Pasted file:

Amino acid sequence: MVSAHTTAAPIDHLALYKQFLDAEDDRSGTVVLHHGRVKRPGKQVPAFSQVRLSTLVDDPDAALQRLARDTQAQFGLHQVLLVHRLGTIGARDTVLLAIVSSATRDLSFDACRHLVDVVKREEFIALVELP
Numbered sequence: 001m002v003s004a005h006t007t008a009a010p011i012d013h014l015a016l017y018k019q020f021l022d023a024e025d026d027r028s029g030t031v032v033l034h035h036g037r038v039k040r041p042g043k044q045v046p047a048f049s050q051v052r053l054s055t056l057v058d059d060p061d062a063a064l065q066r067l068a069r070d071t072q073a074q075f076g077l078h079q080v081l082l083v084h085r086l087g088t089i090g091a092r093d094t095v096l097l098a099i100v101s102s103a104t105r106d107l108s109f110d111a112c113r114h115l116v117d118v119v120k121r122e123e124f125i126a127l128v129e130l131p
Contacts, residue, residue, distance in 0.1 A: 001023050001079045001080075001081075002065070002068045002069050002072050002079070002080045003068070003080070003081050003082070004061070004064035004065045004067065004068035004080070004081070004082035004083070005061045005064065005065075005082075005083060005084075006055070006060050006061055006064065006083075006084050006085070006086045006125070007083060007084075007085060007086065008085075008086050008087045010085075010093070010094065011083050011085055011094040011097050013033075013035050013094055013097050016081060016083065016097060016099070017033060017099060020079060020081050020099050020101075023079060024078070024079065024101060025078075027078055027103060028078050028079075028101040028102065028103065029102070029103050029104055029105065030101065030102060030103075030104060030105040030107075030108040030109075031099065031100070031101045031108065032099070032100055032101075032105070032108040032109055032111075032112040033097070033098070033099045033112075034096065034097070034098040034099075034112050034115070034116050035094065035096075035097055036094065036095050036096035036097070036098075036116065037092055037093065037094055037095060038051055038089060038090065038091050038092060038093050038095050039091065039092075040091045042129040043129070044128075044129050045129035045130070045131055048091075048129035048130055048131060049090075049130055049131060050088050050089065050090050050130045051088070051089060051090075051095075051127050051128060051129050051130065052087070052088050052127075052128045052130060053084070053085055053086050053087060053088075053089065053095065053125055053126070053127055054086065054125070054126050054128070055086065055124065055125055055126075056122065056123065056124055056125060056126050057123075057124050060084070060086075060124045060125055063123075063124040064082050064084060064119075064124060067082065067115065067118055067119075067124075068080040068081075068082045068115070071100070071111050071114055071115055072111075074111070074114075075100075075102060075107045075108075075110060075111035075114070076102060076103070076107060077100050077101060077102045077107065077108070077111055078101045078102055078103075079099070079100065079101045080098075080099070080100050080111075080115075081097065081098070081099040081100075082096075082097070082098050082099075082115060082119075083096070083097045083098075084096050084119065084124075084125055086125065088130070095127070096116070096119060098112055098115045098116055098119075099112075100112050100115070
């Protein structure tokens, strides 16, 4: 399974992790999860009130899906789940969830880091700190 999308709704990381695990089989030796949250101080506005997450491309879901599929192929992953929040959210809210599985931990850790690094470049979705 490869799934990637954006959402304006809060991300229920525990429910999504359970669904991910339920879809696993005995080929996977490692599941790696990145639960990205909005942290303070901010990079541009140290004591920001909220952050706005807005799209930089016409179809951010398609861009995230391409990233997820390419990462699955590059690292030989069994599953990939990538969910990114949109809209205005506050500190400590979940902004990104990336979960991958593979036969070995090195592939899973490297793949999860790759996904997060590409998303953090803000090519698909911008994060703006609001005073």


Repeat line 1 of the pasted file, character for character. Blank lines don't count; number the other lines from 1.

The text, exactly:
Amino acid sequence: MVSAHTTAAPIDHLALYKQFLDAEDDRSGTVVLHHGRVKRPGKQVPAFSQVRLSTLVDDPDAALQRLARDTQAQFGLHQVLLVHRLGTIGARDTVLLAIVSSATRDLSFDACRHLVDVVKREEFIALVELP